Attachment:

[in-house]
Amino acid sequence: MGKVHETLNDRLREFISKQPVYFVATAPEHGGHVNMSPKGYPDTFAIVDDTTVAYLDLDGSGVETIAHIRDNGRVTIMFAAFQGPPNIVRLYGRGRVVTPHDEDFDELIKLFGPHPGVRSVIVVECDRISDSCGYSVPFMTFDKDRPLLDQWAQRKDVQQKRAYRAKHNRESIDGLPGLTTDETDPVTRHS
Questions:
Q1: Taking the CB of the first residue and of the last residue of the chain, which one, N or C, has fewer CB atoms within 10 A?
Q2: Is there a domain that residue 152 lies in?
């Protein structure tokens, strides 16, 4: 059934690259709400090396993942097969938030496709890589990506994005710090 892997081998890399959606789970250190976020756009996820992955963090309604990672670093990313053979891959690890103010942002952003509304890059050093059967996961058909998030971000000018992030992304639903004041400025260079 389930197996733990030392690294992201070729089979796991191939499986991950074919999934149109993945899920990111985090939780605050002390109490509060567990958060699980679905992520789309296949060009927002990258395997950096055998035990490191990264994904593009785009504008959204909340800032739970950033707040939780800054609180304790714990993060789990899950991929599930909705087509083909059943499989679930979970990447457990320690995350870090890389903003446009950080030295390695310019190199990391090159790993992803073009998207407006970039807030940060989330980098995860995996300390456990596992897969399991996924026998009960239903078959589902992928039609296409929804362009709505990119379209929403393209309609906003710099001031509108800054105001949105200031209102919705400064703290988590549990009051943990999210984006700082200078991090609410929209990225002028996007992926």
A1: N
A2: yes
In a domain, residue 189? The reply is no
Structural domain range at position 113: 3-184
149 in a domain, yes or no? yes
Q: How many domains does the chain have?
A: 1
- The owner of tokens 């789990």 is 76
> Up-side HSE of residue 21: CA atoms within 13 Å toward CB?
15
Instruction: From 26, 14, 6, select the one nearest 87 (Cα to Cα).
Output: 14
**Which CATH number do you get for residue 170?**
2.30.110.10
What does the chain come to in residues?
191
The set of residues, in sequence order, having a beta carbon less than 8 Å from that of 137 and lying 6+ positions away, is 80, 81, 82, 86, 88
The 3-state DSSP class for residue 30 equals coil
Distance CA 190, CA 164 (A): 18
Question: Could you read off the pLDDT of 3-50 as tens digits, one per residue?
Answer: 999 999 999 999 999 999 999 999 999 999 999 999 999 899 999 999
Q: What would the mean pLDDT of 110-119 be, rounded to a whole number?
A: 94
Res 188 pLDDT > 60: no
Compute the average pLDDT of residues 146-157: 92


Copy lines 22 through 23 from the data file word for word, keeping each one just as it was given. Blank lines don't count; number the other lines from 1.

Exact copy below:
191
The set of residues, in sequence order, having a beta carbon less than 8 Å from that of 137 and lying 6+ positions away, is 80, 81, 82, 86, 88